John Freeman (1880-1929 / England)
I reached the cottage. I knew it from the card
He had given me--the low door heavily barred,
Steep roof, and two yews whispering on guard.
Dusk thickened as I came, but I could smell
First red wallflower and an early hyacinth bell,
And see dim primroses. 'O, I can tell,'
I thought, 'they love the flowers he loved.' The rain
Shook from fruit bushes in new showers again
As I brushed past, and gemmed the window pane.
Bare was the window yet, and the lamp bright.
I saw them sitting there, streamed with the light
That overflowed upon the enclosing night.
'Poor things, I wonder why they've lit up so,'
A voice said, passing on the road below.
'Who are they?' asked another. 'Don't you know?'
Their voices crept away. I heard no more
As I crossed the garden and knocked at the door.
I waited, then knocked louder than before,
And thrice, and still in vain. So on the grass
I stepped, and tap-tapped on the rainy glass.
Then did a girl without turning towards me pass
From the room. I heard the heavy barred door creak,
And a voice entreating from the doorway speak,
'Will you come this way?'--a voice childlike and quick.
The way was dark. I followed her white frock,
Past the now-chiming, sweet-tongued unseen clock,
Into the room. One figure like a rock
Draped in an unstarred night--his mother--bowed
Unrising and unspeaking. His aunt stood
And took my hand, murmuring, 'So good, so good!'
Never such quiet people had I known.
Voices they scarcely needed, they had grown
To talk less by the word than muted tone.
'We'll soon have tea,' the girl said. 'Please sit here.'
She pushed a heavy low deep-seated chair
I knew at once was his; and I sat there.
I could not look at them. It seemed I made
Noise in that quietness. I was afraid
To look or speak until the aunt's voice said,
'You were his friend.' And that 'You were!' awoke
My sense, and nervousness found voice and spoke
Of what he had been, until a bullet broke
A too-brief friendship. The rock-like mother kept
Night still around her. The aunt silently wept,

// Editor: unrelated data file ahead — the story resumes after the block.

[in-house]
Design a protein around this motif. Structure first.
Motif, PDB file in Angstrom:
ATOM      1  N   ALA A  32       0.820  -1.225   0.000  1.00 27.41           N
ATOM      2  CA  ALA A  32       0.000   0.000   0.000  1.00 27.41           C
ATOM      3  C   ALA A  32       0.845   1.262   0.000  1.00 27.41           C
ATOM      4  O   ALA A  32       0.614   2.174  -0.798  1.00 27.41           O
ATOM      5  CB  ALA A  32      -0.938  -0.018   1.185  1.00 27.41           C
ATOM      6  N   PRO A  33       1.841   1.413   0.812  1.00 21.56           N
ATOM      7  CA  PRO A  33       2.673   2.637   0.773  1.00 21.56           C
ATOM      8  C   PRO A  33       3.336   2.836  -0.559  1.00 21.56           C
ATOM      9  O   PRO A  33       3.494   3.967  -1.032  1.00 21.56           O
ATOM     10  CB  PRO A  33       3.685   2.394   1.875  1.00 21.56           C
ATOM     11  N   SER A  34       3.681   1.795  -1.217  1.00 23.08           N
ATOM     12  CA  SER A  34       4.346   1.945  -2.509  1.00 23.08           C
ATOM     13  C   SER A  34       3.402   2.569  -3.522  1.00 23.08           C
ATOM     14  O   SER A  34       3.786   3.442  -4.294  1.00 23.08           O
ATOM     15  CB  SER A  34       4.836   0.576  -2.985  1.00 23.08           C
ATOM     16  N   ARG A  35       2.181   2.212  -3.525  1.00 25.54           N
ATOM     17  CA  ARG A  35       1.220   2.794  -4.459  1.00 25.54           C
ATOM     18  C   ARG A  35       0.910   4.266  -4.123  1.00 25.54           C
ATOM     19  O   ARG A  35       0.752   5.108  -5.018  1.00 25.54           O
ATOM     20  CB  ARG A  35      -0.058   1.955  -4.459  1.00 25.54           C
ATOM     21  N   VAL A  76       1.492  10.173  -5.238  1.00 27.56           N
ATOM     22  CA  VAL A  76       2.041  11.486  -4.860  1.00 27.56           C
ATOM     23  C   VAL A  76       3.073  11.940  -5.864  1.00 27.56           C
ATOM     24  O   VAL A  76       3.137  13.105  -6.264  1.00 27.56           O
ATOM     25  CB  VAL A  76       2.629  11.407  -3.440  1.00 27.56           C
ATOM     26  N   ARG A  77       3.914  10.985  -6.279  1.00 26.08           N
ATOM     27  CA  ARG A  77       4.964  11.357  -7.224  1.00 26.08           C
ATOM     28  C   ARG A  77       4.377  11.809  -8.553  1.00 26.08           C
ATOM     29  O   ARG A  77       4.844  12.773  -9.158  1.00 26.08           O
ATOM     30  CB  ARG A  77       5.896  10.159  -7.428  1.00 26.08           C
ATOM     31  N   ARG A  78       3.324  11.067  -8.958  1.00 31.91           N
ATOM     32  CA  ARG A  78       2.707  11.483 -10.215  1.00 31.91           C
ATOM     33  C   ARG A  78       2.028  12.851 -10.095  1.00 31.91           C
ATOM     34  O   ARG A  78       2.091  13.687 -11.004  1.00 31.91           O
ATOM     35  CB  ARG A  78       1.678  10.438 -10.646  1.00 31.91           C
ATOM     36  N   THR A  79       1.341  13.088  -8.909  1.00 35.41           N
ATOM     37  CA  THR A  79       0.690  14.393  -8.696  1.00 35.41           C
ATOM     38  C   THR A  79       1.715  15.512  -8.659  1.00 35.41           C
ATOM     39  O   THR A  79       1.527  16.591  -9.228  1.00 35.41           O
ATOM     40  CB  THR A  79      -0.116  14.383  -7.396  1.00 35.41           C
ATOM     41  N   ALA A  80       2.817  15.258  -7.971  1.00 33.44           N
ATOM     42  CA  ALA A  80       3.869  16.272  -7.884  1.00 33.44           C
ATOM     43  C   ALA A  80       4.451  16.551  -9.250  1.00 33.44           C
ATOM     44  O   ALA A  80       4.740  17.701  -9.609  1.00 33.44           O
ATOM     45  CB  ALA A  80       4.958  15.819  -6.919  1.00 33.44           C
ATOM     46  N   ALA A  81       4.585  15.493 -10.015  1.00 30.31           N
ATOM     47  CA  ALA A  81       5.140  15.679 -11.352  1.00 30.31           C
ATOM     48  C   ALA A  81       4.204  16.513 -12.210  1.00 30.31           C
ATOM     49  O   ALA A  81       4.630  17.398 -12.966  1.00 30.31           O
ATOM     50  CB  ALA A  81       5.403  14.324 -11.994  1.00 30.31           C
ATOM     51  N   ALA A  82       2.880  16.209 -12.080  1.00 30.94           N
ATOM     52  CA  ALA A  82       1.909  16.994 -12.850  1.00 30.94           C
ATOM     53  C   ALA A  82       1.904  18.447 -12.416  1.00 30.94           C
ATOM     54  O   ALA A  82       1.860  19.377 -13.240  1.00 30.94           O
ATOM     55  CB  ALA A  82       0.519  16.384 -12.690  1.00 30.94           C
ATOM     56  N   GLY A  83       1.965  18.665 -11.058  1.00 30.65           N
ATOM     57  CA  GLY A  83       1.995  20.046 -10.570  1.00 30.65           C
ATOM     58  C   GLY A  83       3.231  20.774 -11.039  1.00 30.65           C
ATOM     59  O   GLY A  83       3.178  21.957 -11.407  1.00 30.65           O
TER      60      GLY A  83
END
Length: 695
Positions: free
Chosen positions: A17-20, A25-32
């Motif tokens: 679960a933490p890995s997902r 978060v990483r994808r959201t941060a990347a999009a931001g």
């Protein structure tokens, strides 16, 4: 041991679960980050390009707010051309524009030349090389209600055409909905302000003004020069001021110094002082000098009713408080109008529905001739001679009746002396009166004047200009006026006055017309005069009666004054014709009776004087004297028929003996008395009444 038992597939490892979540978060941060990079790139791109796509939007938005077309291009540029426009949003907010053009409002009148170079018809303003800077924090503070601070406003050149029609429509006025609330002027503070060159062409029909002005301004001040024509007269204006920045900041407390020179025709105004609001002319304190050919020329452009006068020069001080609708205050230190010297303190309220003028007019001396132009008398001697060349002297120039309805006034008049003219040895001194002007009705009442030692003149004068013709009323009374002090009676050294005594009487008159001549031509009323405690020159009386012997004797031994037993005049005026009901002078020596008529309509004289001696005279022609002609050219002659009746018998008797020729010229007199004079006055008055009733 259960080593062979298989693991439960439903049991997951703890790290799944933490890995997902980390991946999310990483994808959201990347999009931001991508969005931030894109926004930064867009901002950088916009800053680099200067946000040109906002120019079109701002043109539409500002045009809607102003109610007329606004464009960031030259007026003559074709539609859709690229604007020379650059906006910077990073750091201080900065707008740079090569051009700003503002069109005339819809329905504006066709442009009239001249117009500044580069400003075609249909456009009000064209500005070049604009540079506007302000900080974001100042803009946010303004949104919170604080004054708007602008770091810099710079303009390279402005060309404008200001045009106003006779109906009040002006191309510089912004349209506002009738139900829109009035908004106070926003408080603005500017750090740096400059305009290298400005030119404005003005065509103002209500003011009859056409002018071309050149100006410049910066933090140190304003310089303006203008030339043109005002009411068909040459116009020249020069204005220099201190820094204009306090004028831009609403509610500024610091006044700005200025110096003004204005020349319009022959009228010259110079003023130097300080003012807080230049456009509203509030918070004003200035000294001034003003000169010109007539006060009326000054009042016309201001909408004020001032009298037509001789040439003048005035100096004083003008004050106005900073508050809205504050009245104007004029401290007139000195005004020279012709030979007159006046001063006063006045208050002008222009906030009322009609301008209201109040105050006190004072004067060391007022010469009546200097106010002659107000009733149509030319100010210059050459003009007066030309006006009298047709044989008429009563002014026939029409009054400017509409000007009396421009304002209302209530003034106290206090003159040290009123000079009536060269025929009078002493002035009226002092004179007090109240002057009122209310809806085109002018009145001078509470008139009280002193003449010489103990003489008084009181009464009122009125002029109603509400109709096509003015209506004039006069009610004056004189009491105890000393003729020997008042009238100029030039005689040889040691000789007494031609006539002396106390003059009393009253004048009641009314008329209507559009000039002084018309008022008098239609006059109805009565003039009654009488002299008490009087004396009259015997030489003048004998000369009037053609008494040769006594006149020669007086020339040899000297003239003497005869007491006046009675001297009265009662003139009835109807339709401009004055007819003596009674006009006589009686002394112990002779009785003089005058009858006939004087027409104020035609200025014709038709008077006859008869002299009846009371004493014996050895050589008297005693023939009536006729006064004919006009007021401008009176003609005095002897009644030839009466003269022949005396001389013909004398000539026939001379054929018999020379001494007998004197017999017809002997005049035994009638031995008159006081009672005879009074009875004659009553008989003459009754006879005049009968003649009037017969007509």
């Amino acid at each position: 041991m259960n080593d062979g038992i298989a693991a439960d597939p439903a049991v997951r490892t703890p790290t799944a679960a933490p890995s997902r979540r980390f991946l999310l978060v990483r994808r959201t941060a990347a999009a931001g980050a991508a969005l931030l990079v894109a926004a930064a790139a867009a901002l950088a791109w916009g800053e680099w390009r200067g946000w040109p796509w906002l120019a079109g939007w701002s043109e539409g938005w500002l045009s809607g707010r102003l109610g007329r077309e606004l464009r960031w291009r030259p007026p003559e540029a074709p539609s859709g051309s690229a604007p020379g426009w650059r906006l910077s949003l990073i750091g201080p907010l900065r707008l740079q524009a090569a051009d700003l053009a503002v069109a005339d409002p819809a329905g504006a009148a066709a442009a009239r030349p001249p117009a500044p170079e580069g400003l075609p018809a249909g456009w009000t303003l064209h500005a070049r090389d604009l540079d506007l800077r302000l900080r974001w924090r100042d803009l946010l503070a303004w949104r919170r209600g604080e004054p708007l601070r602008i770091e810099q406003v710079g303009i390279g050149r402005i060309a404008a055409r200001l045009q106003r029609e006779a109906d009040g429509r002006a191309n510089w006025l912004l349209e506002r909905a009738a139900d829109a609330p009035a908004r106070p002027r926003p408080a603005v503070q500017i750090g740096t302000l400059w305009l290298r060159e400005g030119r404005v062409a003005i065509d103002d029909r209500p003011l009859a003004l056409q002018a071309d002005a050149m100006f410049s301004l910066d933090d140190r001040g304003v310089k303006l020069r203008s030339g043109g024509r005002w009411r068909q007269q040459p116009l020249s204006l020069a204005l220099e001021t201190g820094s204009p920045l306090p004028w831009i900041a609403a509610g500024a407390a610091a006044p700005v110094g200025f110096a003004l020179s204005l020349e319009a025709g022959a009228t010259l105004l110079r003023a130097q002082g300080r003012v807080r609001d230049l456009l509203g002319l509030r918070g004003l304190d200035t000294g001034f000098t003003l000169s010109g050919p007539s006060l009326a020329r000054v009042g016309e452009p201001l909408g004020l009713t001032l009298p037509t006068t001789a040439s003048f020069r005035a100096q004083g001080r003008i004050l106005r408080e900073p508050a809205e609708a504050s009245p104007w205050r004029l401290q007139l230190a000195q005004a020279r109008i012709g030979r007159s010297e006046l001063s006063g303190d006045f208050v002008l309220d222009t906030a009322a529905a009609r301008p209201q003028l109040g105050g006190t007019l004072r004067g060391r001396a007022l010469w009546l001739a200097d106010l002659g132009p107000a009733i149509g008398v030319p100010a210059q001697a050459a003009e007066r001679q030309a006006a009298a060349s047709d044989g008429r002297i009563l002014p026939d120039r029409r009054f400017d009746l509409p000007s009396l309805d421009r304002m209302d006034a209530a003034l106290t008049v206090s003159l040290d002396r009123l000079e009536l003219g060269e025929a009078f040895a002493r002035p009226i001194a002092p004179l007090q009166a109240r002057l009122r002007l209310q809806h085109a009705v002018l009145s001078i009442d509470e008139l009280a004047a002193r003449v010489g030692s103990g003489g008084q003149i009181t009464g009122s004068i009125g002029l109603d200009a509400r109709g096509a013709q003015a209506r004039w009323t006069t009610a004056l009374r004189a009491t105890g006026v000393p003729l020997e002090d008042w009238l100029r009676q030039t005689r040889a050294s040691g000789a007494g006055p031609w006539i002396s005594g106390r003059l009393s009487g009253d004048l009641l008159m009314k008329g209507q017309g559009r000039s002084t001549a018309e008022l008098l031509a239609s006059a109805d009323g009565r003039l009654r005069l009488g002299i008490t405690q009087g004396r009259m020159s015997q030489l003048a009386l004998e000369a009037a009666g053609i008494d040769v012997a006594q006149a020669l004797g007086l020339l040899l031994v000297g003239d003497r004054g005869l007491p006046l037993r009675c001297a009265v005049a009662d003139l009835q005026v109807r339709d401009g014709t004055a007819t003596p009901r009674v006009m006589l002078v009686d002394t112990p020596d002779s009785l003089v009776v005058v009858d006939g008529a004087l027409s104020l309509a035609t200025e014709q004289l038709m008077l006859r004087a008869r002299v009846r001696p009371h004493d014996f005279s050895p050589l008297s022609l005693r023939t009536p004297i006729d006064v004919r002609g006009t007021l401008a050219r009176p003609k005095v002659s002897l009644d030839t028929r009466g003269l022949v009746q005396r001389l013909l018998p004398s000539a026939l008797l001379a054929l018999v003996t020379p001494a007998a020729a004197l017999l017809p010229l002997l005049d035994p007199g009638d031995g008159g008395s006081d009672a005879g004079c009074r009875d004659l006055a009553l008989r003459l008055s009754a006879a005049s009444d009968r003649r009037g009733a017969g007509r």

And the girl into the screen's low shadow stept.
'You were great friends,' said with calm voice the mother.
I answered, 'Never friend had such another.'
Then the girl's lips, 'Nor sister such a brother.'
Her words were like a sounding pebble cast
Into a hollow silence; but at last
She moved and bending to my low chair passed
Swift leaf-like fingers o'er my face and said,
'You are not like him.' And as she turned her head
Into full light beneath the lamp's green shade
I saw the sunken spaces of her eyes.
Then her face listening to my dumb surprise.
'Forgive,' she said, 'a blind girl's liberties.'
'You were his friend; I wanted so to see
The friends my brother had. Now let's have tea.'
She poured, and passed a cup and cakes to me.
'These are my cakes,' she smiled; and as I ate
She talked, and to the others cup and plate
Passed as they in their shadow and silence sat.
'Thanks, we are used to each other,' she said when I
Rose in the awkwardness of seeing, shy
Of helping and of watching helplessly.
And from the manner of their hands 'twas clear
They too were blind; but I knew they could hear
My pitiful thoughts as I sat aching there.
... I needs must talk, until the girl was gone
A while out of the room. The lamp shone on,
But the true light out of the room was gone.
'Rose loved him so!' her mother said, and sighed.
'He was our eyes, he was our joy and pride,
And all that's left is but to say he died.'
She ceased as Rose returned. Then as before
We talked and paused until, 'Tell me once more,
What was it he said?' And I told her once more.
She listened: in her face was pride and pain
As in her mind's eye near he stood and plain....
Then the thin leaves fell on my cheek again
And on my hands. 'He must have loved you well,'
She whispered, as her hands from my hands fell.
Silence flowed back with thoughts unspeakable.
It was a painful thing to leave them there
Within the useless light and stirless air.
'Let me show you the way. Mind, there's a stair
'Here, then another stair ten paces on....
Isn't there a moon? Good-bye.'
And she was gone.
Full moon upon the drenched fruit garden shone.
Comments about this poem (The Visit by John Freeman )
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